Phillies catching prospect Joseph making quick impression

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Phillies catching prospect Joseph making quick impression

The first thing you notice about Tommy Joseph is his presence. Its not so much his physical stature because, though 6-1 and rugged, hes not physically imposing. Its more the quiet confidence he exudes and the way he looks you in the eye during a conversation that makes you reach for the media guide to confirm that hes 21, not 31.

He does have a presence and it carries over to his teammates, Phillies' Double A manager Dusty Wathan said. He works hard. Hes mature. Hes a leader. Those are great assets to have as a catcher.

Wathan should know. Catching is his family business. He caught 14 seasons in the minors and got to the majors with Kansas City. His father, John, is also a former major league catcher.

Joseph became Phillies' property six months ago when the team acquired him in the deal that sent Hunter Pence to the San Francisco Giants. It didnt take him long to make an impression. He quickly supplanted Sebastian Valle as the teams catcher of the future. The publication Baseball America confirmed that when it rated Joseph as the teams third best minor-league prospect. Valle, though still valued in the organization, did not appear in the Top 10.

There will be many interesting dramas to watch in Phillies spring training camp next month. The health of Roy Halladay, Chase Utley, Ryan Howard and even Cole Hamels will be paramount. Darin Rufs ability to play left field (and the entire corner outfield situation) will be another. How Phillies officials handle their minor-league catching situation might pale in comparison to the aforementioned storylines, but its intriguing nonetheless.

The Phillies have three catchers Joseph, Valle and Cameron Rupp for two starting spots at Double A and Triple A. It will be interesting to see how this puzzle is assembled and its entirely possibly that someone like Valle could be traded. He was reportedly part of a proposed deal for Houston reliever Wilton Lopez earlier this offseason. That deal was never finalized.

Joseph is aware of the Phillies logjam of catchers, and of the decision that must be made on who plays at Double A and who plays at Triple A. He didnt get skittish and run from the topic when it came up in a recent interview. He didnt throw out that trite I only worry about things I can control response. He smiled comfortably and said, Thats a pretty good decision for them to make. Theyve done a great job building their catching.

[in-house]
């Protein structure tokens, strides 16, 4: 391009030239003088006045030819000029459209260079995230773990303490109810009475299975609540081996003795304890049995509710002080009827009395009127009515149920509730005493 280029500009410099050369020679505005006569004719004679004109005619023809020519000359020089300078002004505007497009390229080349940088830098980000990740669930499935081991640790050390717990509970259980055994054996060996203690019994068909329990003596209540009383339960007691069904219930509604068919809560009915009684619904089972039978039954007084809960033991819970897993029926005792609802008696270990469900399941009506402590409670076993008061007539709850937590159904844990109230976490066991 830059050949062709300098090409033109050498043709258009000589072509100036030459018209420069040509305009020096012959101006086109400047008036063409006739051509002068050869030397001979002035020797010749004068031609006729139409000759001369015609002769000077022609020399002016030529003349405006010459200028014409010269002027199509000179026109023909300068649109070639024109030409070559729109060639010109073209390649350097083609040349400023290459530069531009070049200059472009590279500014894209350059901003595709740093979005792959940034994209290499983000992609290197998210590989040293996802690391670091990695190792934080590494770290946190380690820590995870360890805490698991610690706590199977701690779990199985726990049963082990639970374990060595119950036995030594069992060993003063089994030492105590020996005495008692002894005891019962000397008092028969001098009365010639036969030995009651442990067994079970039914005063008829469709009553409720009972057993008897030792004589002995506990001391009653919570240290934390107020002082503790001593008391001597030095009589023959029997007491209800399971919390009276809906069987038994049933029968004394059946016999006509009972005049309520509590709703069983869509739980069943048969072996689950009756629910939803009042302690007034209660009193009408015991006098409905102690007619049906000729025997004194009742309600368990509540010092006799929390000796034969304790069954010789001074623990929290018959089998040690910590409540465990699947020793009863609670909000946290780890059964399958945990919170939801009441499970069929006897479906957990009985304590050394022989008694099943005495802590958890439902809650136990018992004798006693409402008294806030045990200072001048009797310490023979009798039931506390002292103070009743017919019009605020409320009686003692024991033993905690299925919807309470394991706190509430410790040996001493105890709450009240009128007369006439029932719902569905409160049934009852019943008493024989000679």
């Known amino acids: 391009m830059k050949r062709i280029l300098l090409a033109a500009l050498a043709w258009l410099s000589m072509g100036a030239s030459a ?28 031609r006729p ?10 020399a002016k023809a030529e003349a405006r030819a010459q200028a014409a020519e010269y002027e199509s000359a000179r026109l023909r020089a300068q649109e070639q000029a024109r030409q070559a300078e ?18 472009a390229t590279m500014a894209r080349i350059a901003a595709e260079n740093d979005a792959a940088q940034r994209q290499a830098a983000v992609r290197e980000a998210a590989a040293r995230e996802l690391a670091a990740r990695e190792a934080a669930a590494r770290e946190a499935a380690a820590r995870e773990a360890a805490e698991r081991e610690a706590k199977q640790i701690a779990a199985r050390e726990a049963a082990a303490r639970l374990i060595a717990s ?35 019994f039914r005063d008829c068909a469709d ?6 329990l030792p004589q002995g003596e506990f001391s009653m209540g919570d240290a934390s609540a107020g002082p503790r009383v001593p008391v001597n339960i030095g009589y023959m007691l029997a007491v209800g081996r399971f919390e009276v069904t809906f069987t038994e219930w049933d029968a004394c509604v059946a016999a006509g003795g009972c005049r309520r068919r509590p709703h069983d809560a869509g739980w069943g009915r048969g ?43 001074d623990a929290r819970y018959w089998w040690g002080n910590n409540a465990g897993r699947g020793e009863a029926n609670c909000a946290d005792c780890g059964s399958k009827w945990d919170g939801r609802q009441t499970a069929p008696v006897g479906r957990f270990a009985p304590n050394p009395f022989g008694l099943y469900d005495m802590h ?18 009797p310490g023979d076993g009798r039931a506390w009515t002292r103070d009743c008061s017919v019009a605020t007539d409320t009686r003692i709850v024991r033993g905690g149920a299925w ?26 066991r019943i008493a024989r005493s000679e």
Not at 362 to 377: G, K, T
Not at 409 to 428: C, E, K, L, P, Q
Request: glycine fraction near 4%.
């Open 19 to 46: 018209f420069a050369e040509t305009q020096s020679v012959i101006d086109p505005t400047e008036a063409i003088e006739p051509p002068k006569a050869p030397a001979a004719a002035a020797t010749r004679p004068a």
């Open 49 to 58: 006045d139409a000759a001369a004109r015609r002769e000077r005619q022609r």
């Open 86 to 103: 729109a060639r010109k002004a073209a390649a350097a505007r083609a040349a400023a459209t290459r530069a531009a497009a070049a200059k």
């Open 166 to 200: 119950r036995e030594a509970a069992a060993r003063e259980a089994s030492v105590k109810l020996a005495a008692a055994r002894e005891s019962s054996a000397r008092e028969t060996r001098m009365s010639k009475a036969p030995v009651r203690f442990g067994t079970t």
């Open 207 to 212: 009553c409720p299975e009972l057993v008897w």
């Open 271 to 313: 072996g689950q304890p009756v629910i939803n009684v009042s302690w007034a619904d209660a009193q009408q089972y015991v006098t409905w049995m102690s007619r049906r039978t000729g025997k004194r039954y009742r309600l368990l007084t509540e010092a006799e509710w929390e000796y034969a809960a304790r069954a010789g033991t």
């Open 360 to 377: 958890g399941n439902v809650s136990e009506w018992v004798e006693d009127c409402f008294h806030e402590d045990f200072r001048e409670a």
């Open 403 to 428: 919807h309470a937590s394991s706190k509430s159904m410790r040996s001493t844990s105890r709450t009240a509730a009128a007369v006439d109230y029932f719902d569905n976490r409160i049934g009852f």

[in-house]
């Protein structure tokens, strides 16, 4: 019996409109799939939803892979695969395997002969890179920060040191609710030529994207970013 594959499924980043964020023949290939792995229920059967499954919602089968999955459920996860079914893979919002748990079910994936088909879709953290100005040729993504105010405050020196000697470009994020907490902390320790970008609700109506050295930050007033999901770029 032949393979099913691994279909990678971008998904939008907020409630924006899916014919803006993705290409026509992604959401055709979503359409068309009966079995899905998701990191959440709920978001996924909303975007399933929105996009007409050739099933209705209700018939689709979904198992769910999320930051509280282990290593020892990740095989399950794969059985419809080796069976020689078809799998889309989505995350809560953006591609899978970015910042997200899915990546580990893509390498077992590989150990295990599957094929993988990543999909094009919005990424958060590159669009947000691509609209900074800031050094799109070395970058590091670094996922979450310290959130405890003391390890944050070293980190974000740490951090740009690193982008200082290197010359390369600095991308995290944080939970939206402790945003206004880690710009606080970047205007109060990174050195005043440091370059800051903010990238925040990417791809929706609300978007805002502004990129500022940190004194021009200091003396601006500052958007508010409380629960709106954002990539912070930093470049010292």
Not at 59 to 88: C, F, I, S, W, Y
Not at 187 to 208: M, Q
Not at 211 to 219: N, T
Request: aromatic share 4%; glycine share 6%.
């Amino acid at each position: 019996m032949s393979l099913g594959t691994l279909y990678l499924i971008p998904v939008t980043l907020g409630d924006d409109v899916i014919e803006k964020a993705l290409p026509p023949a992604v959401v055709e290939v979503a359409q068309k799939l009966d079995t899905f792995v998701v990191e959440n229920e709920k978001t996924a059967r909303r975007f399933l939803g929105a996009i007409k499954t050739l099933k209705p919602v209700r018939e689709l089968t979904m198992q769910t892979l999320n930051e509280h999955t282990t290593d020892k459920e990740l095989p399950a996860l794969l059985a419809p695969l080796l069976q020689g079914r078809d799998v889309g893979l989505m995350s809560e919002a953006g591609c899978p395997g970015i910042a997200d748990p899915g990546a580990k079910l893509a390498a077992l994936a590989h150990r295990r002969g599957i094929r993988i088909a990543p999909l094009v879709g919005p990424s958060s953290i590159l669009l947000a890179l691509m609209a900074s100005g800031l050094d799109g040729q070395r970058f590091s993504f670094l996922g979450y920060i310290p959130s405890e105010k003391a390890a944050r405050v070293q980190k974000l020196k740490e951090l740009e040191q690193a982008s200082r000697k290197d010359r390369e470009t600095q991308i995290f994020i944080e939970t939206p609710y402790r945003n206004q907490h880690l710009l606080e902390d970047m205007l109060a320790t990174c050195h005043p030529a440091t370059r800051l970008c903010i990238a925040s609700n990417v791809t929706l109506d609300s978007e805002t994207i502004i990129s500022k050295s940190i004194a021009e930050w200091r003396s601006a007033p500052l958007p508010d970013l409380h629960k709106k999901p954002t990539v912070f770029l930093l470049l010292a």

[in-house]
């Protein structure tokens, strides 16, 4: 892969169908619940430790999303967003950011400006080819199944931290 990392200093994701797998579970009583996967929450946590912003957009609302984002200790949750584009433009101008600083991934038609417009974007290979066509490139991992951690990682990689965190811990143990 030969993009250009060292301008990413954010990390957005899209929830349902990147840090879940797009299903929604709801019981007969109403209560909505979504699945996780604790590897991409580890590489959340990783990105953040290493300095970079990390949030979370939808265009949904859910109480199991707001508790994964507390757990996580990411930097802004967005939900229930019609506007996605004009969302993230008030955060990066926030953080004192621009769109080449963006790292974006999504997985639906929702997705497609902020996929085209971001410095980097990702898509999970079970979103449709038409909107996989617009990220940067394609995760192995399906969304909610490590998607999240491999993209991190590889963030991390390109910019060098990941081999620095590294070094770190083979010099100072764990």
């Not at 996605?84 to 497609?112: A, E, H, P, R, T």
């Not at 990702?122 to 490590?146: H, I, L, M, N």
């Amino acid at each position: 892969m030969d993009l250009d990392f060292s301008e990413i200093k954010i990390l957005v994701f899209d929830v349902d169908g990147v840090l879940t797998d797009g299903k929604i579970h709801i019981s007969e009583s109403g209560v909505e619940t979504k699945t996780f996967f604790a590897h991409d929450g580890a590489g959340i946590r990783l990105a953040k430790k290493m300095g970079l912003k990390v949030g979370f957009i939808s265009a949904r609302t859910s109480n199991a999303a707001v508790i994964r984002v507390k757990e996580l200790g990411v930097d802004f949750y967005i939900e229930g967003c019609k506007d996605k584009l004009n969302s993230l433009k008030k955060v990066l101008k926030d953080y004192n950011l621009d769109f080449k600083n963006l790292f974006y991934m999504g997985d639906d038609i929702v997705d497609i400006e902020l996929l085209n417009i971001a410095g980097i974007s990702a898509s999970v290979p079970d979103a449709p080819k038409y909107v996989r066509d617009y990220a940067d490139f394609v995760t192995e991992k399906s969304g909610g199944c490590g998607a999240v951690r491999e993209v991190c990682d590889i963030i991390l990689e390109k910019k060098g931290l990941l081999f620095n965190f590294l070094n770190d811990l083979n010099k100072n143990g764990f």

For the record, farm director Joe Jordan loves the catching depth at the upper levels of the minor-league system and hes looking forward to a spirited battle for jobs in spring training.

No matter where he opens the season, Joseph seems to be on a good track to Philadelphia, and he could be the eventual successor to Carlos Ruiz, who turns 34 this month and is entering the final year of his contract. Ruiz will miss the Phillies first 25 games while serving a suspension for testing positive for a banned stimulant late last season. Veterans Erik Kratz and Humberto Quintero are expected to fill the catching position while hes out.

Joseph, the Giants second-round pick in 2009, did not catch full-time until he was a senior in high school in Scottsdale, Ariz. Wathan uses that fact to illustrate Josephs potential behind the plate.

Were looking at a guy who has only caught three or four years, Wathan said. Hes kind of learning on the job. Hes in Double A at 21. Thats pretty good.

Joseph threw out 21 of 52 would-be basestealers at Double A Richmond and Double A Reading in 2012. But thats only part of the defensive component that impresses Wathan.

Hes very strong-handed for a young guy, Wathan said. The ball doesnt move a whole lot when it hits his glove. A lot of times thats a thing that comes with maturity and learning how to catch more, but with him I think it comes kind of naturally.